Joshua Tree National Park, August 19, 2016, copyright 2016 Elizabeth A. Maginnis
The National Parks Service has been encouraging the country to “Find Your Park” in this, its 100th anniversary year. My husband found his park several years ago. He loves Death Valley National Park so much that we set aside our own Death Valley Day whenever we visit Las Vegas. Feeling a bit left out, I suggested that this trip we set aside another day for Joshua Tree National Park, which I’ve wanted to see since I laid eyes on my first Joshua Tree some years ago.
It was with no small level of anticipation that I awoke the morning of our adventure. It takes roughly four hours to drive from Las Vegas to Joshua Tree if you take the diagonal route through the Mojave National Preserve, which is a visual treat in itself. Miles and miles of undulating roadway past creosote bushes and Joshua Trees, jagged mountains in the distance. A few abandoned rail yards and old buildings along the way reminded us that this area once thrived. I especially enjoyed passing through the town of Kelso, California, with its old rail cars and abandoned post office.
Many miles of starkly captivating desert scenery later (including a short jog through Amboy, CA, on Route 66) we arrived in the village of Joshua Tree, the funky, artsy capital of the Morongo Basin. I bought a cup of coffee and some beans to take home from the Joshua Tree Coffee Company. Between it and the park entrance, we drove through one of the most unusual, yet visually appealing, residential areas I’ve ever seen: small desert houses plunked down on semicircular hardpan streets in hodgepodge fashion, sloping gradually upward along the side of a hill to the park entrance.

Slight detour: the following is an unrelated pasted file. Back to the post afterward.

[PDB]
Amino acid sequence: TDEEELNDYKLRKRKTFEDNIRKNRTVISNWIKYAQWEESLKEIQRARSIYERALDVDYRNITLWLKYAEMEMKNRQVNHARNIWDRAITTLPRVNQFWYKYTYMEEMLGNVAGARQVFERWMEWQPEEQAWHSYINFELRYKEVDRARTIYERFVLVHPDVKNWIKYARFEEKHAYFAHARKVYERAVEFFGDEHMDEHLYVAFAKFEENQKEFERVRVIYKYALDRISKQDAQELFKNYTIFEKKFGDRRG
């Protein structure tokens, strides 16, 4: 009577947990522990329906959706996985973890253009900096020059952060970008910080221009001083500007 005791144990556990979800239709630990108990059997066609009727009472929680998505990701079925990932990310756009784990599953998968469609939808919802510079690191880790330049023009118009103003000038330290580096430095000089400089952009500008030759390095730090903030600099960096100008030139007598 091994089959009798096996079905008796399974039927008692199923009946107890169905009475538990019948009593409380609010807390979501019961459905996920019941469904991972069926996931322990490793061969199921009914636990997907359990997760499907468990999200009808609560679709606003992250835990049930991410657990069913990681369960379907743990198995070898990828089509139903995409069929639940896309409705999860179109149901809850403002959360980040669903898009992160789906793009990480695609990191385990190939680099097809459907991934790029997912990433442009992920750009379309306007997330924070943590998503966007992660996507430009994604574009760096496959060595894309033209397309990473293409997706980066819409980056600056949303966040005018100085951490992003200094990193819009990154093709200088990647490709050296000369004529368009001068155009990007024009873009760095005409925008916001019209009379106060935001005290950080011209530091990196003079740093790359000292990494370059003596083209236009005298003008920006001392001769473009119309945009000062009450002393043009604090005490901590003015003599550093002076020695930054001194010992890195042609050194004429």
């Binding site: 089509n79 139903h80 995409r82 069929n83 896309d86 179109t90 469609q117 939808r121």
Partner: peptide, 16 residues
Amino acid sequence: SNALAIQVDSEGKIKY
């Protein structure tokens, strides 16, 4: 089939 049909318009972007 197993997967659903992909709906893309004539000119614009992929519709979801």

The park is the coolest place on the planet, so far as I’m concerned. Otherworldly Joshua Trees, branches raised heavenward, and massive, odd rock formations that resemble clay pieces left behind by giants eons ago: I felt like a wide-eyed child watching the scenery pass by from the air conditioned comfort of our rental. (The wall of heat that greeted me every time I opened the door got to be a bit much, I confess. I took photographs from inside the car.)
It speaks to me, this place. It tugs and lifts my spirits like none other, perhaps for no other reason than its simplicity. It’s Mother Earth at her most elemental. As time goes on, I find that it’s the untouched landscapes that call to me. Artificial, man made wonders cannot compare to the masterpieces created by unseen natural forces. Fortunately for us and for future generations, the U.S. government has seen fit to preserve these masterpieces.